> I don't think the threat to MOL has been lifted at
> all in the new plans. Dunno why you think that.
My post indicates "the chatter seems to suggest that it avoids development of MOL"
> And I would question your claim that the DHFC
> being an "important cultural driver" whatever that
> is. It's just a football stadium for goodness sake
> - let's not suggest this is the primary reason for
> residents wanting to stay here or that this is
> what attracts others to want to live and work in
> the area....
Actually what I said was DHFC is an "important cultural and economic driver" The outreach initiatives are well documented, rasing awareness, money and support for sometimes under represented causes - in my view worthwhile.
Added to this is the direct economic benefit to local business, assisting in supporting the vibrant and independent nature of the same, which in fact I do consider to be one of the reasons residents want to stay/move here!
> What we're talking about here is planning
> permission for a large (compared to the mixed
> housing of the surrounding locality),
> every-expense spared design. It's not just that
> the proposed new estate is completely out of
> keeping with the district, but it pays scant
> regard for any consideration to do with parking,
> traffic, access to schools and healthcare.
Parking and traffic will I suspect be considered via the planning process in the normal way, although taking the football club in isolation, my feeling is most supporters walk/use public transport.
Access to schools/heathcare is not within the scope of an individual developer, however contributions towards the same can be raised via S. 106 payments. Last time I looked, East Dulwich had 3 new(ish) schools and a new health centre/hospital under construction.
I agree, perhaps 6 stories is too much, however there are a number of similar scale developments of 4-5 stories throughout East Dulwich - East Dulwich Road, and Lordship Lane to the south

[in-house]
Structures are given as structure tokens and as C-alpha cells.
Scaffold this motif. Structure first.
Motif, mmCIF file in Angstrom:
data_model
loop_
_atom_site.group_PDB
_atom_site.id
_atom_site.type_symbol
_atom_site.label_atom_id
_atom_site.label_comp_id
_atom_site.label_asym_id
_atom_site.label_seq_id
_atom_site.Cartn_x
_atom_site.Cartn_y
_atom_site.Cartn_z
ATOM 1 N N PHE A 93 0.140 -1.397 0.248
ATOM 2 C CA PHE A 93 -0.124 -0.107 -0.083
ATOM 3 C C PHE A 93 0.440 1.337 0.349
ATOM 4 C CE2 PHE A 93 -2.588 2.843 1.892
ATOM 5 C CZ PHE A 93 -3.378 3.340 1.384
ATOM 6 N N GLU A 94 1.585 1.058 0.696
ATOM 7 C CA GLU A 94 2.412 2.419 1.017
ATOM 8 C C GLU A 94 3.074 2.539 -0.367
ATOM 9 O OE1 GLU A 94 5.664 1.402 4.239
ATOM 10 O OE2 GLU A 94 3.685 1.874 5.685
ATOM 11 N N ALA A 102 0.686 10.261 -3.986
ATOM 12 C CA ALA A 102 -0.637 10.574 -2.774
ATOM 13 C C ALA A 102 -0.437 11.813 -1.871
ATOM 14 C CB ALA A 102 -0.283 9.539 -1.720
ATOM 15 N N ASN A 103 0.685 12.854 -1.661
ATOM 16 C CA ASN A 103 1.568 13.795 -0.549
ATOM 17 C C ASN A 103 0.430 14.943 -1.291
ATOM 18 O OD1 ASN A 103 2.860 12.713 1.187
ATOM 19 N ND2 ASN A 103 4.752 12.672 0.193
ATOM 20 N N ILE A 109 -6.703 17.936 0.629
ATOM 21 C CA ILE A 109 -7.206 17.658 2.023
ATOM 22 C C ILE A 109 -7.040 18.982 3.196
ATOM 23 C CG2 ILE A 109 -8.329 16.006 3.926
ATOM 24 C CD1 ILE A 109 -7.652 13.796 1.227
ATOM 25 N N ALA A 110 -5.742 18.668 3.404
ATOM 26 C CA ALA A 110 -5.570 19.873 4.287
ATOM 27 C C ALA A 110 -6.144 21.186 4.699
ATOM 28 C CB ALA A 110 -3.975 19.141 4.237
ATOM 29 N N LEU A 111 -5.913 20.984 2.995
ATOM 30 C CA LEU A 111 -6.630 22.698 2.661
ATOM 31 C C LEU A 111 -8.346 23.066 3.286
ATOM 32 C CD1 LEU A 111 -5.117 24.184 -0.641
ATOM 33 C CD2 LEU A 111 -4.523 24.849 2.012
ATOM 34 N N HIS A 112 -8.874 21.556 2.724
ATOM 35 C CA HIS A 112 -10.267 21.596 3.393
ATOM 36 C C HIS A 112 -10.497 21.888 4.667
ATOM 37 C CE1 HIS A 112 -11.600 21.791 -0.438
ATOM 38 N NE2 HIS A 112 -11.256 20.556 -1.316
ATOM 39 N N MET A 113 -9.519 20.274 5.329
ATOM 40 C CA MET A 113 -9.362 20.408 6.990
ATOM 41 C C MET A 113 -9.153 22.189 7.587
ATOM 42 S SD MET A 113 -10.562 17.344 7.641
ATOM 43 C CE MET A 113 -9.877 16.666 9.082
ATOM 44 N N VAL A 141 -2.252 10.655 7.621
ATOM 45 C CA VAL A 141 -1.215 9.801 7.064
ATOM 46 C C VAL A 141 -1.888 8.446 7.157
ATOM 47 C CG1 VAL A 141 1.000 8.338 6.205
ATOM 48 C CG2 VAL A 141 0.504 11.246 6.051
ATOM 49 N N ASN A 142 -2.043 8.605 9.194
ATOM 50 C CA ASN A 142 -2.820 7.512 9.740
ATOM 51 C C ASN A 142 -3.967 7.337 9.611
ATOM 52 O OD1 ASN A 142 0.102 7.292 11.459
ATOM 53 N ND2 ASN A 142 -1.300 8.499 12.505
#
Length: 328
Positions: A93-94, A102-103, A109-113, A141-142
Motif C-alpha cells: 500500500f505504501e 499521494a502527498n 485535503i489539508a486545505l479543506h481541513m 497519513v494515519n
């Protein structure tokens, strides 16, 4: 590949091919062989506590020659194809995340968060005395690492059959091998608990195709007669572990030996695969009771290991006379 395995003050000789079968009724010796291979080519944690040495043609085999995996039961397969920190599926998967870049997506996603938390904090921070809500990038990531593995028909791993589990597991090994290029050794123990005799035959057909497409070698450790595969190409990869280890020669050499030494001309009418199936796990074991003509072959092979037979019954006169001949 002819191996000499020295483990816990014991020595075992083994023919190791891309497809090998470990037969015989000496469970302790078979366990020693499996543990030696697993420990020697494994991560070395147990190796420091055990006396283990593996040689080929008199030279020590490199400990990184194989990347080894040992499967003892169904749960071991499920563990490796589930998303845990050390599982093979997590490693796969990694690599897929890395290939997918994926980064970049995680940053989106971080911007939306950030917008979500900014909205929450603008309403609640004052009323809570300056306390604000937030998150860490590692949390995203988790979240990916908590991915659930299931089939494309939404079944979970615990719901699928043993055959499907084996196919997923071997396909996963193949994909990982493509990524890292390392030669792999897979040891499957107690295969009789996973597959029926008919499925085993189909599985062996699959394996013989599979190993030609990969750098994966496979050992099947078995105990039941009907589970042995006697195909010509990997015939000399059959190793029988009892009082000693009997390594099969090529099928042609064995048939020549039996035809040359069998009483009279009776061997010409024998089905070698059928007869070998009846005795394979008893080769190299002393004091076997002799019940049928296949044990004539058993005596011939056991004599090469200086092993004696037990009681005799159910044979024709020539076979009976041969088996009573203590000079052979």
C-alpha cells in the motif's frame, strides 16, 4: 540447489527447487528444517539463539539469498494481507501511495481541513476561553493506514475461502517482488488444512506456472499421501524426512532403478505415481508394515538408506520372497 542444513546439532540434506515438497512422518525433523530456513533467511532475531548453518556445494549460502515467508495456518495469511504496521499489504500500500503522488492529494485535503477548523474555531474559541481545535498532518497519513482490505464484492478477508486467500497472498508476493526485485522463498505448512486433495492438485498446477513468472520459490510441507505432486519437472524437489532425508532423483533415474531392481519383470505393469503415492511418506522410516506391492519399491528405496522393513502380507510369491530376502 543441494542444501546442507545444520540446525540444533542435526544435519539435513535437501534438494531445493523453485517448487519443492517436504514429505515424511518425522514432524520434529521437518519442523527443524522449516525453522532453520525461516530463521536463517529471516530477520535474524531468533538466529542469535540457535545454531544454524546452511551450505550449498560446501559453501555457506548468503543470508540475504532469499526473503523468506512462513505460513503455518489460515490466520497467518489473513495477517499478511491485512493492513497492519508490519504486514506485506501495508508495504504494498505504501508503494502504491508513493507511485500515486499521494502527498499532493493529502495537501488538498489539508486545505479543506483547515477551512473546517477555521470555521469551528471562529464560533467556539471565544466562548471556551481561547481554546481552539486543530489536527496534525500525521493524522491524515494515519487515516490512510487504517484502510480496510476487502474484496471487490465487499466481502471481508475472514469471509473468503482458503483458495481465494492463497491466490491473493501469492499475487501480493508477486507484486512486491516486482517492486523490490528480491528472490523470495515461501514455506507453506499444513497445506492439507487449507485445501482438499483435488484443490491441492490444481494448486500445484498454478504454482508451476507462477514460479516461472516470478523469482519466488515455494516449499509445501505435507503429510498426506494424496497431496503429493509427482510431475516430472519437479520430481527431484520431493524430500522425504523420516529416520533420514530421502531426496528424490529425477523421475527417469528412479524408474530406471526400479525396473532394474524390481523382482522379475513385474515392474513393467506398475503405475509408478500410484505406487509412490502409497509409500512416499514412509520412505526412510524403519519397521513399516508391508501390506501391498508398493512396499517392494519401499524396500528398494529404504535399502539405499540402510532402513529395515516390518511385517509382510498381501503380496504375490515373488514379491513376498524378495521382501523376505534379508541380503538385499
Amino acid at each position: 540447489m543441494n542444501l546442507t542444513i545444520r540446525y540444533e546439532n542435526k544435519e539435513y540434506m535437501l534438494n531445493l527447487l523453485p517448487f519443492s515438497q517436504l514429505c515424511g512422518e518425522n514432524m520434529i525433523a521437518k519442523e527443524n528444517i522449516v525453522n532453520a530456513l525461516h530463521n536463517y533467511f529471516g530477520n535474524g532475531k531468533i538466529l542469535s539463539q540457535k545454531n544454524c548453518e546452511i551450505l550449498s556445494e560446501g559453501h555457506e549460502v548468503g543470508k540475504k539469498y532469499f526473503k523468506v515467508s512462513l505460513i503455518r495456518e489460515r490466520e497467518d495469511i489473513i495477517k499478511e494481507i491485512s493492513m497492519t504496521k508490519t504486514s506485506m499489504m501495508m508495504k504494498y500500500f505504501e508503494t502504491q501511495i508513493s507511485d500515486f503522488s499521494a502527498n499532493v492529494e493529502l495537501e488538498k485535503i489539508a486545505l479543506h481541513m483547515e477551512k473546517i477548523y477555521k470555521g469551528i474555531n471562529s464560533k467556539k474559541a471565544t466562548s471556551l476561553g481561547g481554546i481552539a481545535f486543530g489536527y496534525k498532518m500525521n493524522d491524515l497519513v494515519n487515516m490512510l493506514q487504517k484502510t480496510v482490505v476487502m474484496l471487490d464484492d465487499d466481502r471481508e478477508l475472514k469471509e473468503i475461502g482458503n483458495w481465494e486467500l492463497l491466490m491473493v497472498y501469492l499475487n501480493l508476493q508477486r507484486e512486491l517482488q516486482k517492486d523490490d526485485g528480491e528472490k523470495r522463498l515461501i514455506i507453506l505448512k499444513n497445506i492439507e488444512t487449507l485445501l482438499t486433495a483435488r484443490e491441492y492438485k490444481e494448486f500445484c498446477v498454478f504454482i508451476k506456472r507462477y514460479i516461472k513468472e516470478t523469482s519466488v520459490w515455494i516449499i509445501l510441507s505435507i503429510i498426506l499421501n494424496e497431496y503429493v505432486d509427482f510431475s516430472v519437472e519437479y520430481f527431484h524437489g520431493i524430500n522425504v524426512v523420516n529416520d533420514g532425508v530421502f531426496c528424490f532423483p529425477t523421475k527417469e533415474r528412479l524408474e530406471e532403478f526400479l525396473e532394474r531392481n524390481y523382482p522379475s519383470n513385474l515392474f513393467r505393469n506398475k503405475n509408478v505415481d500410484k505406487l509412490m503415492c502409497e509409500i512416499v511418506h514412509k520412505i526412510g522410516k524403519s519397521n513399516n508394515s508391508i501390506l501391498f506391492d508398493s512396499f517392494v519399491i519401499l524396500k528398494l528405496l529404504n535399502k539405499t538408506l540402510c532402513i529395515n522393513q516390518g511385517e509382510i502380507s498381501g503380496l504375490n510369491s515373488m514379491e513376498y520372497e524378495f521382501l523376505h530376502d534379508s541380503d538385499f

> It proposes a number of 6 storey blocks - although
> the actual height in the existing landscape isn't
> clear from the pics in the submitted plans - but
> looks as if these will loom large above the
> existing estate. And, if we agree that we need
> more new homes in the area, these proposals aren't
> about providing social housing for families -
> which is what's needed around here ie., low rise
> family houses with gardens. Ain't going to happen
> - this is all about money, money, money.
Sadly, it is about money, and if schemes don't stack up, they won't get built. Agreed we probably do need more family homes for rent, but is this the site for them? Southwark are pursuing direct developments of existing garage sites for these uses. The only way that will happen here is if the scheme were to be subject to a CPO, and despite the previous threat, that seems highly unlikely.
> Take a look at 35%'s old blog about the Hadley
Sadly the provision of social housing is now primarily left to the private sector (exceptions as I've noted above)whose primary motive is profit, I don't think its right, the publication of viability assesments does at least open them to challenge which is a good think.
Ultimately stalling the redevelopment of this site which will accommodate the long term security of DHFC and provide new homes will help no one. Ensuring the suitability of the design and scale of the proposals is what the planning system is there to do.